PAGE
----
Psalm 19 continues to connect beautifully to our study of the Ten Commandments, and today we’re going to walk through memorizing and studying verse 14.
- Preparing to Rest
Our weekly sabbath allows us to refocus on this truth in worship and meditation, to evaluate where we have failed to keep God as the center of our days, and to talk to Him about where He wants to direct us in the week ahead. But if we don’t prepare ahead, our work will likely creep into our Sabbath days, and in the planning, we can find joy in the day.
- A Rewarding Honor
Some might read the fifth commandment, which the apostle Paul reminds us was the first with a promise (Ephesians 6:3), as a form of prosperity theology, the belief that mustering enough faith and/or obedience to God will bring wealth, health, and power. But such a belief would be taking God’s Word out of context. This command paired with the other nine show us a picture of a right relationship with authority and the natural overflow of goodness that comes when wisdom is chosen over folly and surrender over self rule. In Psalm 19, the psalmist David reminds us of the beauty of the law of the Lord and how its very presence in our lives brings great reward.
- Permission to Love
So often we think of the Ten Commandments as a list of “thou shalt nots,” but it is so much more than a list of forbidden acts. It is permission to love God and to love His image bearers. In this sixth word, we are invited to unwrap the gift of protecting life physically, emotionally, and spiritually, but in order to genuinely do this, we must ask God to show us where we’ve allowed selfishness to invade the hidden recesses of our hearts. We pray with the psalmist David, “Who can discern his errors? Declare me innocent from hidden faults. Keep back your servant also from presumptuous sins; let them not have dominion over me! Then I shall be blameless, and innocent of great transgression” (Psalm 19:12-13).
- God’s Very Good Plan
This week we’re talking about marital faithfulness as we dig into the heart behind the seventh commandment, You shall not commit adultery. Today we’re returning to Psalm 19, which continues to beautifully complement our study of the Ten Commandments.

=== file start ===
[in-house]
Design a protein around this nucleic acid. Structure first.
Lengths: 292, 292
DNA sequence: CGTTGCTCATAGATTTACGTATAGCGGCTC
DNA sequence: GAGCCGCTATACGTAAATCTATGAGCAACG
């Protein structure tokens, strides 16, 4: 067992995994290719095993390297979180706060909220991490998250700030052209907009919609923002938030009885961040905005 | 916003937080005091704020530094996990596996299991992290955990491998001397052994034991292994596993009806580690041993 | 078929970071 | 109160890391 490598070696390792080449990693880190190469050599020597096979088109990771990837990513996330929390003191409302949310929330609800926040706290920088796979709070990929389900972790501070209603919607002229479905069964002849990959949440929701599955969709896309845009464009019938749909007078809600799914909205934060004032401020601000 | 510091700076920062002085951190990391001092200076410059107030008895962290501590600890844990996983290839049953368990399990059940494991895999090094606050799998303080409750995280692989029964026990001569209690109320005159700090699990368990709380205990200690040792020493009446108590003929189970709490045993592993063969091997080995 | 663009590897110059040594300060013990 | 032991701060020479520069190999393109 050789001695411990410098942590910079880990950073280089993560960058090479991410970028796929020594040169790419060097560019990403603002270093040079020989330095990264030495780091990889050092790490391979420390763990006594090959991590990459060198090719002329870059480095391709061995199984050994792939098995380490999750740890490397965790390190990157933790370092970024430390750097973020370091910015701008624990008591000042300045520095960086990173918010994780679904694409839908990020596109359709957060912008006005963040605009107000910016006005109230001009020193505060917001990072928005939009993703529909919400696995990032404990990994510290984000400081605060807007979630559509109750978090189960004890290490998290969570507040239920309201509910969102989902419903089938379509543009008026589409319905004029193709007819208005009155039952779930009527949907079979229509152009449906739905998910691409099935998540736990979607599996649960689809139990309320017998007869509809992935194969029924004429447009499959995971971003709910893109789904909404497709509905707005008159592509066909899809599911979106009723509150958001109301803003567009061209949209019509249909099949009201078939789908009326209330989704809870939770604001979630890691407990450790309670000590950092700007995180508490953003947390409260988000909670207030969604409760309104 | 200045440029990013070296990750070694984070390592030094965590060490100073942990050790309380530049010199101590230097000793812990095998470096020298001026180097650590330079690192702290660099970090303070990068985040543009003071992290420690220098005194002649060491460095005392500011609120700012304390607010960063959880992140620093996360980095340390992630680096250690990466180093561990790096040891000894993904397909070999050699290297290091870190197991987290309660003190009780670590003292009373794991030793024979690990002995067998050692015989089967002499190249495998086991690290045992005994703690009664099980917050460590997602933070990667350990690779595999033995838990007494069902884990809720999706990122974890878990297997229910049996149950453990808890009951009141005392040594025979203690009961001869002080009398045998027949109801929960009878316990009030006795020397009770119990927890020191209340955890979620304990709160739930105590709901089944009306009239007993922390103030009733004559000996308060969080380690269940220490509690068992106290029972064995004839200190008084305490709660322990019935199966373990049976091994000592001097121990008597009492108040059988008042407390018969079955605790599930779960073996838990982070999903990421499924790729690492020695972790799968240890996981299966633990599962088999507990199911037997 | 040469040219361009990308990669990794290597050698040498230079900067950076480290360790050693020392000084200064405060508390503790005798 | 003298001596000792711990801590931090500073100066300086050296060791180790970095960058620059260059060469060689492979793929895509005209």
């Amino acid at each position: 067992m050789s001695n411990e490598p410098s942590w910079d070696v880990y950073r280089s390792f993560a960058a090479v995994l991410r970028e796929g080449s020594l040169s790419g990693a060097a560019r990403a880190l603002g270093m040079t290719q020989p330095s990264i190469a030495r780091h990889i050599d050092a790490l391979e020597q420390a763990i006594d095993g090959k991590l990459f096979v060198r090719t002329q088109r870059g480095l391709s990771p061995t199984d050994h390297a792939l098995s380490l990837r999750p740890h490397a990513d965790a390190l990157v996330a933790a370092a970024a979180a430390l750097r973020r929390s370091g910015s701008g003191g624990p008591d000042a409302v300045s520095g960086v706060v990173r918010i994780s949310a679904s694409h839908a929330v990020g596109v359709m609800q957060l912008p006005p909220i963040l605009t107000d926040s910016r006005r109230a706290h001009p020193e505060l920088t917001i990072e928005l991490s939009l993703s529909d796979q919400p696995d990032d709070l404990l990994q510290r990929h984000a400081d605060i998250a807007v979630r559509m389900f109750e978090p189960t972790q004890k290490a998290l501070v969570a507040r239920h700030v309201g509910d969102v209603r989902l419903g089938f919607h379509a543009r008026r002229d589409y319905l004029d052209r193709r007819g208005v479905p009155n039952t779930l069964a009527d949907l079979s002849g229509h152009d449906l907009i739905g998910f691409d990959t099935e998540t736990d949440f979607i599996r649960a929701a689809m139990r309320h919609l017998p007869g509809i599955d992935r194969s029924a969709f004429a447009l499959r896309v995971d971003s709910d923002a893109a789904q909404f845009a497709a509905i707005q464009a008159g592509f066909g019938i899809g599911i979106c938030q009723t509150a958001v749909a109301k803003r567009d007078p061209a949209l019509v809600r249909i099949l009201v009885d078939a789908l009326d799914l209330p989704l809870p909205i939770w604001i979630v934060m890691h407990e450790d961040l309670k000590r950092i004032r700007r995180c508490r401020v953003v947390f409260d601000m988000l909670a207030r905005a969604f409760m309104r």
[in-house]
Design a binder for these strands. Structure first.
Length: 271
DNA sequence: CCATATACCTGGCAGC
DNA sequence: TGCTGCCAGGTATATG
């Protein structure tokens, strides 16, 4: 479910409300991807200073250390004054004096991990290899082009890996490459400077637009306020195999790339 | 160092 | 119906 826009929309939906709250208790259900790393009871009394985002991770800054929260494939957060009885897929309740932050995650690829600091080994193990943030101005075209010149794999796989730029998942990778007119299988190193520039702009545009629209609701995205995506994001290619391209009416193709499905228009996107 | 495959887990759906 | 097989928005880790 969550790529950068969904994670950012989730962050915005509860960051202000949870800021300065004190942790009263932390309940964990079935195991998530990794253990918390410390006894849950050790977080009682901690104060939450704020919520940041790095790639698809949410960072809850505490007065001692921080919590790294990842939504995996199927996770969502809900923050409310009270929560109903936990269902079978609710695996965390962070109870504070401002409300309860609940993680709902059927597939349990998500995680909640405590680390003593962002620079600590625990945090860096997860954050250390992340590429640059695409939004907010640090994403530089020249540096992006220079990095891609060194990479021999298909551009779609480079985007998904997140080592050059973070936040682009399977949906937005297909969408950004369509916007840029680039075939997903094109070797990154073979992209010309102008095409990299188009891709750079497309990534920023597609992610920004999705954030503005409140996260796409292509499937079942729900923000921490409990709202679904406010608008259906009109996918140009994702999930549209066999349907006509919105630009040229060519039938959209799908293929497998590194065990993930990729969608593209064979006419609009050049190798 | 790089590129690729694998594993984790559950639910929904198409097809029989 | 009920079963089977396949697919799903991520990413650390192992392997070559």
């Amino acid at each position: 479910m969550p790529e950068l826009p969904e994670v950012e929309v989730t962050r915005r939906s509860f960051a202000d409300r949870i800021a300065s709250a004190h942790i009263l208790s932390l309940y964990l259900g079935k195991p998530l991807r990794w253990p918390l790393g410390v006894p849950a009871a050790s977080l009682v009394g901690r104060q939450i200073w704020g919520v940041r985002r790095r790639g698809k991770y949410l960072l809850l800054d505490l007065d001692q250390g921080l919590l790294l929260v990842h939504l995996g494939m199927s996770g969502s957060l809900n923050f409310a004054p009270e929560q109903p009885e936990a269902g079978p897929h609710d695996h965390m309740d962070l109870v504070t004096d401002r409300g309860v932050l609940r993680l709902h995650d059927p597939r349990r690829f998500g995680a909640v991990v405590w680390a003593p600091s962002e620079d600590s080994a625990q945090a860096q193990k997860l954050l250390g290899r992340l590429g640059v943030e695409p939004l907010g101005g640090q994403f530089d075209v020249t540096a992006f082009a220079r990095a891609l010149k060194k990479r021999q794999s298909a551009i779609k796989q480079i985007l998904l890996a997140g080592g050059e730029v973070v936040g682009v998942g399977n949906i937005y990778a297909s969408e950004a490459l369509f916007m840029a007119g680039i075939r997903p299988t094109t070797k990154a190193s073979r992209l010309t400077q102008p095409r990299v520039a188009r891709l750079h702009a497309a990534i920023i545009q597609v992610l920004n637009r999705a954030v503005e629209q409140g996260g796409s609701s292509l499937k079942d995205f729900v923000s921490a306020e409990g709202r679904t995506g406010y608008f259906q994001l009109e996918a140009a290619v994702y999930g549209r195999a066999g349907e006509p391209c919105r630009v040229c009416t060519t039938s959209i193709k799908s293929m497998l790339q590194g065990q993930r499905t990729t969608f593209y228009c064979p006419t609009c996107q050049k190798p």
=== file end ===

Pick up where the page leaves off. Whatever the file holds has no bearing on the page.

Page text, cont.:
- Acceptable in His Sight
On Wednesdays this summer, we have connected the Ten Commandments with Psalm 19 in which David declared God’s glory and the beauty of His law. He prayed, “Let the words of my mouth and the meditation of my heart be acceptable in your sight, O LORD, my rock and my redeemer” (19:14).
- Truth in a Time of Great Mistrust
We could easily call this season that we’re living in the Time of Great Mistrust. Information dissemination is fraught with falsehoods. Some of it is intentional and some purely because we live in a sin-scarred world where even once-trusted sources can innocently mislead us. Political and religious leaders make poor choices they then attempt to cover up, and when their sin is exposed, we feel violated for placing our confidence in them. As a result, we begin to doubt all the leaders in our lives. We can’t even go to the grocery store without someone looking sideways at us — or us at them. While we might feel that trustworthiness is at an all-time decline, the truth is “there is nothing new under the sun” (Ecclesiastes 1:9). That’s why God needed to put the ninth commandment on the Tablets of Testimony and why the psalmist David reminds us that the testimony of the LORD is sure, making wise the simple.
- Giving Thanks in Lament
As we’ve been studying the final commandment from Exodus 20 and once again reviewing Psalm 19, I’ve been reminded that thankfulness to God is often the antidote we need for covetousness. As we practice gratitude, we pray, “Let the words of my mouth and the meditation of my heart be acceptable in your sight, O LORD, my rock and my redeemer” (Psalm 19:14). Read more in today’s post…
- nature declaring praise
Today as we approach a changing of the seasons when the natural world sheds its summer glory and prepares for its dormant season, I’m pulled back to the opening lines of Psalm 19, a song of David that has guided our Wednesday posts over the summer: